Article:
This page includes abstracts of some of my scholarly work as well as a link to my Master’s thesis.
Reimagining Reflection-Gender, Student Perception, and Reflective Writing in the Composition Classroom
Abstract: Reflective writing is a social act embedded within a complex, gendered history and culture. It has garnered much attention in the composition classroom and the pedagogical community, yet the social and gendered aspects of reflective writing have largely been overlooked. However, as with any kind of writing, reflective writing does not exist in a vacuum. Reflective writing resides within an intricate cultural framework that is at work in the background.
My presentation discusses the results of a student survey I conducted in order to better understand student perceptions of reflective writing and to learn if the gendered binaries public/private and thinking/feeling influence students’ perceptions of reflective writing as a genre. Seventy-five students at a large Hispanic-serving research university participated in a survey that explored their approaches to and understanding of reflective writing. The results of the survey indicate that the only consistent and significant difference between male and female student responses resulted from the specific wording of their definitions of reflective writing. Beyond this difference, however, there were no substantial variances in student perception of reflective writing in terms of gender. The student voices in the survey indicate a shift in expected gender norms and a collapse of gendered binaries and suggest a reconsideration of what it means to be a gendered writer in a diverse composition classroom.
Download Master’s Thesis [PDF]
Sample Conference Presentation
Invaded Landscapes and A Call for Neutrality: Anti-World War I Rhetoric in The Masses and The Century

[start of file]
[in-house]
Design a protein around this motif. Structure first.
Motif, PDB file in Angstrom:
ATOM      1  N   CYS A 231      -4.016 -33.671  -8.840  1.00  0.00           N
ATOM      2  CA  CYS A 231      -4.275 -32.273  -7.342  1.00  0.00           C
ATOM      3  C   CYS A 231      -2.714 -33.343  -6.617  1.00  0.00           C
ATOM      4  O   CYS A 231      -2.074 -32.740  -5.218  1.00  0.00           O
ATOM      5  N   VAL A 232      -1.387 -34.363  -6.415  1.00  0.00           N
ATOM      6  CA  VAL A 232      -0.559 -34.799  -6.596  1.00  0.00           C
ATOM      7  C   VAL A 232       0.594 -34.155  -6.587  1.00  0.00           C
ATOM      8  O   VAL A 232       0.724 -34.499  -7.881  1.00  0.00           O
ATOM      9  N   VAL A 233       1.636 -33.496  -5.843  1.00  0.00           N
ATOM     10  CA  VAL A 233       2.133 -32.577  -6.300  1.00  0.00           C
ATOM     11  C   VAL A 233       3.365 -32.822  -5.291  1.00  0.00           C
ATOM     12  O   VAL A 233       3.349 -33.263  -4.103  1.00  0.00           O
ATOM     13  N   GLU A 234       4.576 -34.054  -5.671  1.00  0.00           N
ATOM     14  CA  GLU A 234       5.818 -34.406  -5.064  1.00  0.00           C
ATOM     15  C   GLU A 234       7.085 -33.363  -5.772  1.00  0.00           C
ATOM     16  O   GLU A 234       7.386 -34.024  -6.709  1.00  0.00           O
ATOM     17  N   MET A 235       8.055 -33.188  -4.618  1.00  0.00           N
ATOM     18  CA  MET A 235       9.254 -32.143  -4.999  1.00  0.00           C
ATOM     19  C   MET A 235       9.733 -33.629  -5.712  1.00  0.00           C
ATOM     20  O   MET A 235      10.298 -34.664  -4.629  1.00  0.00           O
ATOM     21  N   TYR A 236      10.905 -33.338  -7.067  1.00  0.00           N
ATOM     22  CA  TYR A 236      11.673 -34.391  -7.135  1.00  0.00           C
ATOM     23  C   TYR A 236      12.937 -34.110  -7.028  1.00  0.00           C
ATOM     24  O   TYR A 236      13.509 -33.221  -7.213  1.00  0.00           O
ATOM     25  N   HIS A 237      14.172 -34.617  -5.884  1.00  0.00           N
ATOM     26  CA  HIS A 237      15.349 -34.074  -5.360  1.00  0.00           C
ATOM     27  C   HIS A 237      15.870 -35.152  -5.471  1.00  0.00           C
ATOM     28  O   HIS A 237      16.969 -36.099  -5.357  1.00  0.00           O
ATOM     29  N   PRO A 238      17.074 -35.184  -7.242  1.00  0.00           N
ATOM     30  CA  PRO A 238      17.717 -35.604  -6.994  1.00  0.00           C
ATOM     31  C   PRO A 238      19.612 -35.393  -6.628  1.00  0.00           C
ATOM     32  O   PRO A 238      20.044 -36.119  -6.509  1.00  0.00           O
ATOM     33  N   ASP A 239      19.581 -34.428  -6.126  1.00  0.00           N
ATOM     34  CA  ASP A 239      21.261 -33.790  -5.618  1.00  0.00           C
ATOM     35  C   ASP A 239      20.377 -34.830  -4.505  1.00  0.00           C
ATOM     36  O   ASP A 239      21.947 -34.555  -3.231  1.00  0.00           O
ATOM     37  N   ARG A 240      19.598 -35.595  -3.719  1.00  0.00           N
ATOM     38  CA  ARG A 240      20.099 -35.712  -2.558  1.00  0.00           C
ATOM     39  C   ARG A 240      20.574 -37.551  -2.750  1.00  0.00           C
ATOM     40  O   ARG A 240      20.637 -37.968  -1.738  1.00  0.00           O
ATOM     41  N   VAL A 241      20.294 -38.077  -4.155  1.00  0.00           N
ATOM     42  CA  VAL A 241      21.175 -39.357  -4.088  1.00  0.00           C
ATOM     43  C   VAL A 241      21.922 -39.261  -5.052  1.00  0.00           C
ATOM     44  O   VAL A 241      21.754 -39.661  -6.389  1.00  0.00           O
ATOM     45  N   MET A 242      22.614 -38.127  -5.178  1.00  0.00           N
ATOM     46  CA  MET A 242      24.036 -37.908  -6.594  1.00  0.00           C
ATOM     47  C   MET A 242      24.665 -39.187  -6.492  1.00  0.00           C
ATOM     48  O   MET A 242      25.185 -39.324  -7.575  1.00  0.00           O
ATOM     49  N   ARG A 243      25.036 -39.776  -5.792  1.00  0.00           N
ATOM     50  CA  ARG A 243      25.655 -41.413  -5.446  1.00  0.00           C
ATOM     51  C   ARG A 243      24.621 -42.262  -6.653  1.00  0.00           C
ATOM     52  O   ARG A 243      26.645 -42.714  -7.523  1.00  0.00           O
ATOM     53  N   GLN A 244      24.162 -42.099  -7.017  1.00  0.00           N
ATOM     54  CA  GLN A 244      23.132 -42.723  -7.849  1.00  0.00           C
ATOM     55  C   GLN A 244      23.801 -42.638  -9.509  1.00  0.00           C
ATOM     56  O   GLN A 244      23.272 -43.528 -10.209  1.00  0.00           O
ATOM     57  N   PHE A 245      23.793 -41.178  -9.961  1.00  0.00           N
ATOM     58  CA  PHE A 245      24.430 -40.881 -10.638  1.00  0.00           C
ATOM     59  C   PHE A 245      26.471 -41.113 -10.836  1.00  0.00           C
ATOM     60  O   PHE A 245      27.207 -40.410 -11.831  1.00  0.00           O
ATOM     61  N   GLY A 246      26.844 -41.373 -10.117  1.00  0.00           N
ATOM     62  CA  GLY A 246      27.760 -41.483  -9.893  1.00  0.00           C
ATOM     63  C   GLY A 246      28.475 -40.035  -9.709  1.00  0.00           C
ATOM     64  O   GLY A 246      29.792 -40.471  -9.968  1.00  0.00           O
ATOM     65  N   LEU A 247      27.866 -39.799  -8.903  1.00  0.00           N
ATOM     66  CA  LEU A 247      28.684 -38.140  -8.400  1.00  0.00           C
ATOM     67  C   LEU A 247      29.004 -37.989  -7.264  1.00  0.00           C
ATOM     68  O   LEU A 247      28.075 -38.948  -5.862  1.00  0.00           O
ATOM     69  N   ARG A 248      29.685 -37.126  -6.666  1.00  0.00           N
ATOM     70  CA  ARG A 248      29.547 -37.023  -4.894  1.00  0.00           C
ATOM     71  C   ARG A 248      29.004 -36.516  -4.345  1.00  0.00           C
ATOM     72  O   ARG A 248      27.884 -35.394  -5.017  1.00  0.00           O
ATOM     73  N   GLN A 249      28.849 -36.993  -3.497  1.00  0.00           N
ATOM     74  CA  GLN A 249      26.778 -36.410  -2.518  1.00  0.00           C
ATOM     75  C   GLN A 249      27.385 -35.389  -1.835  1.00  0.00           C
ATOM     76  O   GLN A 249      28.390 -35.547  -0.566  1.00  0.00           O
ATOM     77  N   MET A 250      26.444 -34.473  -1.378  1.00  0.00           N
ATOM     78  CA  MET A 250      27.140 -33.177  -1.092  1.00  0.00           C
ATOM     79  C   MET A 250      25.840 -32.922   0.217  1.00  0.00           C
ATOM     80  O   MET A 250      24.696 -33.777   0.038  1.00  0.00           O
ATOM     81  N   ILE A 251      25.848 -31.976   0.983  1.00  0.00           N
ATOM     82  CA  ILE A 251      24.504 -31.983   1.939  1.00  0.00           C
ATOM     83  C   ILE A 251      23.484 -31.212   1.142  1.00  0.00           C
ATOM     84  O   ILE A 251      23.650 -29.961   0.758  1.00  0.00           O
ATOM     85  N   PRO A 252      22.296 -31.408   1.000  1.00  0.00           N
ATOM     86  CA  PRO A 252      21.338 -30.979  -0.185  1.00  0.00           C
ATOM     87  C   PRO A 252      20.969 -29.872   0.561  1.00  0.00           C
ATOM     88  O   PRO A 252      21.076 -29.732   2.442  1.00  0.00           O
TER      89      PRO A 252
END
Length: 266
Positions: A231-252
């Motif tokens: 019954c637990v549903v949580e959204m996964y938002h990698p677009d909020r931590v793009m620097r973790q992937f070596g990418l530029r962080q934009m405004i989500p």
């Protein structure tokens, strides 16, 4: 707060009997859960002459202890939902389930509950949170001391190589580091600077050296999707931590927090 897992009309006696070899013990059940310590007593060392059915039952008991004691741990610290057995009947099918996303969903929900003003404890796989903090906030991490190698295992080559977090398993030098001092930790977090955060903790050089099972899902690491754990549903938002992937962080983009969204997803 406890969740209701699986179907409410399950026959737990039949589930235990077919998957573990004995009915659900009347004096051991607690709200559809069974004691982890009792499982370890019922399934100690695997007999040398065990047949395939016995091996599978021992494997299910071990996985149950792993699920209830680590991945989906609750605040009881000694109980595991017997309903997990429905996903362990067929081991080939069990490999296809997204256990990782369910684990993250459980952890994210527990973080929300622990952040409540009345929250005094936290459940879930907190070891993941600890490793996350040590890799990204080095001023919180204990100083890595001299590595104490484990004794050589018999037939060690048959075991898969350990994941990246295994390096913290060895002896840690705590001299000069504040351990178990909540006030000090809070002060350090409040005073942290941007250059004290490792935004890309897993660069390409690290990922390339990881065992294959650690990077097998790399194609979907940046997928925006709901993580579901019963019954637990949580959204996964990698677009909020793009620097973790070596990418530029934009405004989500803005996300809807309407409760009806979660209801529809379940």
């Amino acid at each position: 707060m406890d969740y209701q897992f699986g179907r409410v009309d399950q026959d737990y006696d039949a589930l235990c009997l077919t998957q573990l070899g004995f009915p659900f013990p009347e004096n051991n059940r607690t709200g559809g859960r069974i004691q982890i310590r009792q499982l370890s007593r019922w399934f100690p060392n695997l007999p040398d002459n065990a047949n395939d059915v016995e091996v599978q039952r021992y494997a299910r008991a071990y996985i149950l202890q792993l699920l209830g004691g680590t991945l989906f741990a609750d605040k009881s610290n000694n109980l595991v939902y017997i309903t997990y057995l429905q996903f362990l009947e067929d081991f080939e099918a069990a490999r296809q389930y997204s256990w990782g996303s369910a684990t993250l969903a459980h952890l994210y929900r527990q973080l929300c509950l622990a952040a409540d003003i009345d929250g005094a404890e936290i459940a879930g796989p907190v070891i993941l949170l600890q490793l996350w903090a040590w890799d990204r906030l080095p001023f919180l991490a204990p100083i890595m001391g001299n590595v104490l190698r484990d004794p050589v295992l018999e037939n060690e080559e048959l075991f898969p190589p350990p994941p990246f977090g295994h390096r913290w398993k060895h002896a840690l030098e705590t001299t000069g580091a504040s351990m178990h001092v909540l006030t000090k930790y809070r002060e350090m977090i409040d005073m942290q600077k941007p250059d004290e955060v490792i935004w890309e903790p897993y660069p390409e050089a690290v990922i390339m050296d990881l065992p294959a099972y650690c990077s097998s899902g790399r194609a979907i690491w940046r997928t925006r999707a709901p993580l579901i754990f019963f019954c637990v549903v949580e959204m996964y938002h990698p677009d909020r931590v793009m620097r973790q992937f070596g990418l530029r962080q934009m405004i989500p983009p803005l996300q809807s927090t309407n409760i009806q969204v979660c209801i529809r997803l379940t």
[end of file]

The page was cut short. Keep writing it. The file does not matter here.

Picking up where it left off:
Abstract: The Century and The Masses generally had different political leanings and affiliations, yet there is a certain kind of anti-war rhetoric in each that crosses these political lines. While The Masses may have had more explicit anti-war rhetoric than The Century, particularly represented by its celebrated anti-war illustrations, both of these magazines included pieces of anti-war rhetoric that demonstrated how war invades multiple landscapes. In the anti-war rhetoric of these two magazines, war infiltrates the physical, social, and political landscapes. For example, in the February 1916 issue of The Masses, John Reed vividly depicts a physical landscape that has adapted to the conditions of war while he simultaneously describes how war has inserted itself so thoroughly in a Serbian socialist’s mind that he can no longer focus on his family or his politics. Just one month later in the March 1916 issue of The Century, Herbert Adams Gibbons describes how Luxembourg Park in France has changed to reflect a state of war. Instead of playing, the children are enacting war scenes and saluting wounded soldiers, and the normally tranquil environment of the park has been invaded by traces of the war. Situating these sobering scenes of war within idyllic settings creates a striking juxtaposition and a strong rhetorical appeal that brings to light the horrors of World War I. At this point, the United States had not officially entered the war, so political and social forums still had the freedom and the political will to call for neutrality. Taking into consideration that the most explicit of these anti-war pieces were published around 1916 underscores this rhetoric as a potential call-to-action, in this case, a call for neutrality.